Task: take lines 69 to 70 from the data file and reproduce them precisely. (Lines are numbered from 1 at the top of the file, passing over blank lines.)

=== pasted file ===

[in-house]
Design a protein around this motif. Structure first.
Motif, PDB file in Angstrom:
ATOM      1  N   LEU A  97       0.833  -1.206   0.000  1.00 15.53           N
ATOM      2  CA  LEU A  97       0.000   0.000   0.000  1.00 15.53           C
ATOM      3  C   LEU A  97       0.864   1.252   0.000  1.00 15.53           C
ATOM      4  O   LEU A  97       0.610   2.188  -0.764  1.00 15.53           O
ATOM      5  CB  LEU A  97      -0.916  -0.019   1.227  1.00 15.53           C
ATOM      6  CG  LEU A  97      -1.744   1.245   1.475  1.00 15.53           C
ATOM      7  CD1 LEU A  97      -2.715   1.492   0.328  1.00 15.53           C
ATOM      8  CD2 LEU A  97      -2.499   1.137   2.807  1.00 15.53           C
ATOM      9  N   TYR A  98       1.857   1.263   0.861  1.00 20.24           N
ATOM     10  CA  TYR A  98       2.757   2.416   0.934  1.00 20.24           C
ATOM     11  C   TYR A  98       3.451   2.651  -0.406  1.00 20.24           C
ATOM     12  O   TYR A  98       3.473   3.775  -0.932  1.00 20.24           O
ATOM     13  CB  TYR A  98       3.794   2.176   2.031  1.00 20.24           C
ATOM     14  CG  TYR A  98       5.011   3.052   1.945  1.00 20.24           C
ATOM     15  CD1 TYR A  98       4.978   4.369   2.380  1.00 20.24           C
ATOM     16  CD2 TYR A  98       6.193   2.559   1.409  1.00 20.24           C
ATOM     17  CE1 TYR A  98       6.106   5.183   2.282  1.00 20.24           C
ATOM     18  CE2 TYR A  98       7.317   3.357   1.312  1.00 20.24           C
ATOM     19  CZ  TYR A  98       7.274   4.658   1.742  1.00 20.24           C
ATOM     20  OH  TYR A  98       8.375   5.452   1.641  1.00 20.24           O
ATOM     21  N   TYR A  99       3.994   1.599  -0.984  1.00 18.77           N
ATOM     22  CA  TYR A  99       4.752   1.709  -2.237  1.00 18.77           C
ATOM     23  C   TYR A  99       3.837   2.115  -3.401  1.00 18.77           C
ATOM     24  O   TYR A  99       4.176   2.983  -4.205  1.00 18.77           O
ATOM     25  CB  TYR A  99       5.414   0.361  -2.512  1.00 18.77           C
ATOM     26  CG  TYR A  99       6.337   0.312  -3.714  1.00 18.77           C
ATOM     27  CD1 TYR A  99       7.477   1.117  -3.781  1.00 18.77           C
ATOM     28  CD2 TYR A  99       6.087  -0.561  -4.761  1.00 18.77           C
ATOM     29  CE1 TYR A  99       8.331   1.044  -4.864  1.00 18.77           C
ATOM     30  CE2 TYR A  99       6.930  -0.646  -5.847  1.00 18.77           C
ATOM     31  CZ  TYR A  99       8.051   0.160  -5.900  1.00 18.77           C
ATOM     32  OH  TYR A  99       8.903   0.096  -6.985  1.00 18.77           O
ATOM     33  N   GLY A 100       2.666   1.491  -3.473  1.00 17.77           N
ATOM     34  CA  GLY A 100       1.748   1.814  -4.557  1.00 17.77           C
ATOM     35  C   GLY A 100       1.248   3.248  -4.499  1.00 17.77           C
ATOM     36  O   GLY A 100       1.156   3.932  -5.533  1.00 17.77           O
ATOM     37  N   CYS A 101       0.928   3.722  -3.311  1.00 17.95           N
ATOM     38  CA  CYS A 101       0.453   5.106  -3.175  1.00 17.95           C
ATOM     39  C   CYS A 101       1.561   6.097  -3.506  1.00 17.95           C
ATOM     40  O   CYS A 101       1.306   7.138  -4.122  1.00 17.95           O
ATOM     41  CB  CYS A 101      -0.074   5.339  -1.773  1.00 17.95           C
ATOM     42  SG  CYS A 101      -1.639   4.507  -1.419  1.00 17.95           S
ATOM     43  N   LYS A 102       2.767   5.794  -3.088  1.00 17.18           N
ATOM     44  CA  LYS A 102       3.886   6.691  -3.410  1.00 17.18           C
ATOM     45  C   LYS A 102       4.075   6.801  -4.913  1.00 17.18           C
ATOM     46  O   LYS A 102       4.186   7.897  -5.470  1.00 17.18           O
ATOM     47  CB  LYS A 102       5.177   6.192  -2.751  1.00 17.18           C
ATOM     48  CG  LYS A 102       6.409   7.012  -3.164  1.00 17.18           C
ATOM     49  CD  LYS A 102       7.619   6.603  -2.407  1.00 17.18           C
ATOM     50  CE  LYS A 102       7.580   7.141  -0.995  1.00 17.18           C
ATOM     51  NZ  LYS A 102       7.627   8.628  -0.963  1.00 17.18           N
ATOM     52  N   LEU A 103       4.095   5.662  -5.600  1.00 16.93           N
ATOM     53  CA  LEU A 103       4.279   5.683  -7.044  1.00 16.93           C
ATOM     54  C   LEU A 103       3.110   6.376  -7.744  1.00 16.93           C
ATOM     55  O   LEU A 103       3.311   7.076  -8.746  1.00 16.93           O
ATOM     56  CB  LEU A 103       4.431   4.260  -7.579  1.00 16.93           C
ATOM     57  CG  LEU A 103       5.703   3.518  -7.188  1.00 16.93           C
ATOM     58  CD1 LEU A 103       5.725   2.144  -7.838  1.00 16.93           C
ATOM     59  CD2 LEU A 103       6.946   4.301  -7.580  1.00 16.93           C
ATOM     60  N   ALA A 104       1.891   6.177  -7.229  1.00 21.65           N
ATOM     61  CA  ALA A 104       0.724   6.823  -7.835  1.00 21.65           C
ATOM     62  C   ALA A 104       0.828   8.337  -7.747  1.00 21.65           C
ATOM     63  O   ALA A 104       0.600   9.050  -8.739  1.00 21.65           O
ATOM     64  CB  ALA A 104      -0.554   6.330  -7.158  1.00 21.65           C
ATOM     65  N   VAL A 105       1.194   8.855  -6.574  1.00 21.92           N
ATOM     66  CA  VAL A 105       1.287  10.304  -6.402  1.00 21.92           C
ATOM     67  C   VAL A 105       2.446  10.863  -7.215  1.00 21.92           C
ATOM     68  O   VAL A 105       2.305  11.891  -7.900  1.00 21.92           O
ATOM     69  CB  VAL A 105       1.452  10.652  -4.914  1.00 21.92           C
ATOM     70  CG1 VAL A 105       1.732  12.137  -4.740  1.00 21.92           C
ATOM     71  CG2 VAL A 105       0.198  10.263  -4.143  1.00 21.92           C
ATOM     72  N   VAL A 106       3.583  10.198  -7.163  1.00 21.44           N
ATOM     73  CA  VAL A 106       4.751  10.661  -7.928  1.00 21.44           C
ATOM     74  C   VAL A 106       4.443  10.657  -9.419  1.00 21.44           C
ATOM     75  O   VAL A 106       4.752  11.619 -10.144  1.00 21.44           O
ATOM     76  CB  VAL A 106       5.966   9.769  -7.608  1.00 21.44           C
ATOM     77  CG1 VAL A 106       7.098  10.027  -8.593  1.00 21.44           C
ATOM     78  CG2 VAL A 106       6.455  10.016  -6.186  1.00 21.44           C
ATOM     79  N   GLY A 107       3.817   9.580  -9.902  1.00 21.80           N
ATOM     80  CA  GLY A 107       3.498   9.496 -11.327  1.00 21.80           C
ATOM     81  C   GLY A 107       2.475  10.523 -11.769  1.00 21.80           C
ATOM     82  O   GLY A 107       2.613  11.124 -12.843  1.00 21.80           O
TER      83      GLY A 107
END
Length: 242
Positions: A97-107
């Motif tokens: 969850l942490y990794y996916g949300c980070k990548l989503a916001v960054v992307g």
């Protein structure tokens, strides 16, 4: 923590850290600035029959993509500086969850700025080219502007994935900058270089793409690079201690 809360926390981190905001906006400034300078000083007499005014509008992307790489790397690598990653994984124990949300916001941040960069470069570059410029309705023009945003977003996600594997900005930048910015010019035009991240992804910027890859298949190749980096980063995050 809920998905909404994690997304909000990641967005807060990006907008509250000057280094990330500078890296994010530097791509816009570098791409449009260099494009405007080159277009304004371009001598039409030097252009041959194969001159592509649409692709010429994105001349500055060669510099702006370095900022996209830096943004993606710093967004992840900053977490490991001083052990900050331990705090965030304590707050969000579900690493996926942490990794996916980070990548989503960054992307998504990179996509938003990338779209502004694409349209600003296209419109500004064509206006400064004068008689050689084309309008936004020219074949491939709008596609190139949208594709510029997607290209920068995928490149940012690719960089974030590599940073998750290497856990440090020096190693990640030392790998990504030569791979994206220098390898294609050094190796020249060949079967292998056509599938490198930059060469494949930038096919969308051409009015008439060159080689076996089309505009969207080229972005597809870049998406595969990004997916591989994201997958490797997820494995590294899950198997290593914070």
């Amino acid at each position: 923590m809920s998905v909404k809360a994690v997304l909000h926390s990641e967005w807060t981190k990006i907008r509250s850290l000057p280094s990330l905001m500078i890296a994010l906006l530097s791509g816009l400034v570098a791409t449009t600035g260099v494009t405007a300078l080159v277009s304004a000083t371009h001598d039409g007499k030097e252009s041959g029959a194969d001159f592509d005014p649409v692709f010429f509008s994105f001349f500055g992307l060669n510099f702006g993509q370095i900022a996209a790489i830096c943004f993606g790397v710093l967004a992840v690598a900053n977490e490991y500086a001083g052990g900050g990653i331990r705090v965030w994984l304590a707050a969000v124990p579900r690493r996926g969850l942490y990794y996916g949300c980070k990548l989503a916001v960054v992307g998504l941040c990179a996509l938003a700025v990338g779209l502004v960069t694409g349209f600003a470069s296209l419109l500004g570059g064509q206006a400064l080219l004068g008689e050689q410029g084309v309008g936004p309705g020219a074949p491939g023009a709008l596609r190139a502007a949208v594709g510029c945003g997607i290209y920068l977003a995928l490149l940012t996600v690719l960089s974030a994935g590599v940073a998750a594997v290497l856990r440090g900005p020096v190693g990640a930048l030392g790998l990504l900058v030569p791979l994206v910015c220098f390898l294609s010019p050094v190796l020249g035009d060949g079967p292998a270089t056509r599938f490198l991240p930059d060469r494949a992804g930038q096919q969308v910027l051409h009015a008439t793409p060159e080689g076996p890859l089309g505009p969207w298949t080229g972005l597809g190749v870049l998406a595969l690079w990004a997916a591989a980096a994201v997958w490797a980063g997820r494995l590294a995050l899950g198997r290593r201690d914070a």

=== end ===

ATOM     66  CA  VAL A 105       1.287  10.304  -6.402  1.00 21.92           C
ATOM     67  C   VAL A 105       2.446  10.863  -7.215  1.00 21.92           C